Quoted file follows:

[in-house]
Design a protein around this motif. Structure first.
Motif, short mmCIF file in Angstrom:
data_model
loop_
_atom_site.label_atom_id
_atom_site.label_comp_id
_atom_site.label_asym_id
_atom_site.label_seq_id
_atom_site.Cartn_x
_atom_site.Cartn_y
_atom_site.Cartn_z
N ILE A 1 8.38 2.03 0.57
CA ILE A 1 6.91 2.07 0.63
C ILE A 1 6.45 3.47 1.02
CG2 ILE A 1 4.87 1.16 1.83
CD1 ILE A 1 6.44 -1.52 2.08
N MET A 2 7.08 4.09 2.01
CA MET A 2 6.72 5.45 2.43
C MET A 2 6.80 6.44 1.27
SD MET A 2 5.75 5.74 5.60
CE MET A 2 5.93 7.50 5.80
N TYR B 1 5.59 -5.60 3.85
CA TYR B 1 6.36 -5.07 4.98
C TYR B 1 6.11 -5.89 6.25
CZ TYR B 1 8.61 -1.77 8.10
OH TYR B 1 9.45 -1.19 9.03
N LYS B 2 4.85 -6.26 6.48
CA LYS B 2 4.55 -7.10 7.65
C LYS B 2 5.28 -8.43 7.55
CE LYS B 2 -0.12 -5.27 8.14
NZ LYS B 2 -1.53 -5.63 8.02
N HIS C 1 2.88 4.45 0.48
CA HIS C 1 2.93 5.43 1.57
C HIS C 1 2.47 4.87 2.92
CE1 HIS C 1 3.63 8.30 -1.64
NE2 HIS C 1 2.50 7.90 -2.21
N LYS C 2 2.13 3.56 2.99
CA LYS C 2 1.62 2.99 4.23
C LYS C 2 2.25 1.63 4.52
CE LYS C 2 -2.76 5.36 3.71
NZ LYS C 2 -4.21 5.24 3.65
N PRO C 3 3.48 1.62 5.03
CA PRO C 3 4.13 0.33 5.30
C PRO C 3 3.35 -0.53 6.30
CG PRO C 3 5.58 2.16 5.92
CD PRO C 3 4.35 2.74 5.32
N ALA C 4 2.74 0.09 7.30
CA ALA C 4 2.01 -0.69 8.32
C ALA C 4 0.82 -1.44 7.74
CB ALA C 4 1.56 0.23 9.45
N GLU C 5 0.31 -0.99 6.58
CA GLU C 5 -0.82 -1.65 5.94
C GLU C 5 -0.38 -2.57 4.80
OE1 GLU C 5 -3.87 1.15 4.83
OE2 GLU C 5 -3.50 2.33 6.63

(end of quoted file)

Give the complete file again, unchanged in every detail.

[in-house]
Design a protein around this motif. Structure first.
Motif, short mmCIF file in Angstrom:
data_model
loop_
_atom_site.label_atom_id
_atom_site.label_comp_id
_atom_site.label_asym_id
_atom_site.label_seq_id
_atom_site.Cartn_x
_atom_site.Cartn_y
_atom_site.Cartn_z
N ILE A 1 8.38 2.03 0.57
CA ILE A 1 6.91 2.07 0.63
C ILE A 1 6.45 3.47 1.02
CG2 ILE A 1 4.87 1.16 1.83
CD1 ILE A 1 6.44 -1.52 2.08
N MET A 2 7.08 4.09 2.01
CA MET A 2 6.72 5.45 2.43
C MET A 2 6.80 6.44 1.27
SD MET A 2 5.75 5.74 5.60
CE MET A 2 5.93 7.50 5.80
N TYR B 1 5.59 -5.60 3.85
CA TYR B 1 6.36 -5.07 4.98
C TYR B 1 6.11 -5.89 6.25
CZ TYR B 1 8.61 -1.77 8.10
OH TYR B 1 9.45 -1.19 9.03
N LYS B 2 4.85 -6.26 6.48
CA LYS B 2 4.55 -7.10 7.65
C LYS B 2 5.28 -8.43 7.55
CE LYS B 2 -0.12 -5.27 8.14
NZ LYS B 2 -1.53 -5.63 8.02
N HIS C 1 2.88 4.45 0.48
CA HIS C 1 2.93 5.43 1.57
C HIS C 1 2.47 4.87 2.92
CE1 HIS C 1 3.63 8.30 -1.64
NE2 HIS C 1 2.50 7.90 -2.21
N LYS C 2 2.13 3.56 2.99
CA LYS C 2 1.62 2.99 4.23
C LYS C 2 2.25 1.63 4.52
CE LYS C 2 -2.76 5.36 3.71
NZ LYS C 2 -4.21 5.24 3.65
N PRO C 3 3.48 1.62 5.03
CA PRO C 3 4.13 0.33 5.30
C PRO C 3 3.35 -0.53 6.30
CG PRO C 3 5.58 2.16 5.92
CD PRO C 3 4.35 2.74 5.32
N ALA C 4 2.74 0.09 7.30
CA ALA C 4 2.01 -0.69 8.32
C ALA C 4 0.82 -1.44 7.74
CB ALA C 4 1.56 0.23 9.45
N GLU C 5 0.31 -0.99 6.58
CA GLU C 5 -0.82 -1.65 5.94
C GLU C 5 -0.38 -2.57 4.80
OE1 GLU C 5 -3.87 1.15 4.83
OE2 GLU C 5 -3.50 2.33 6.63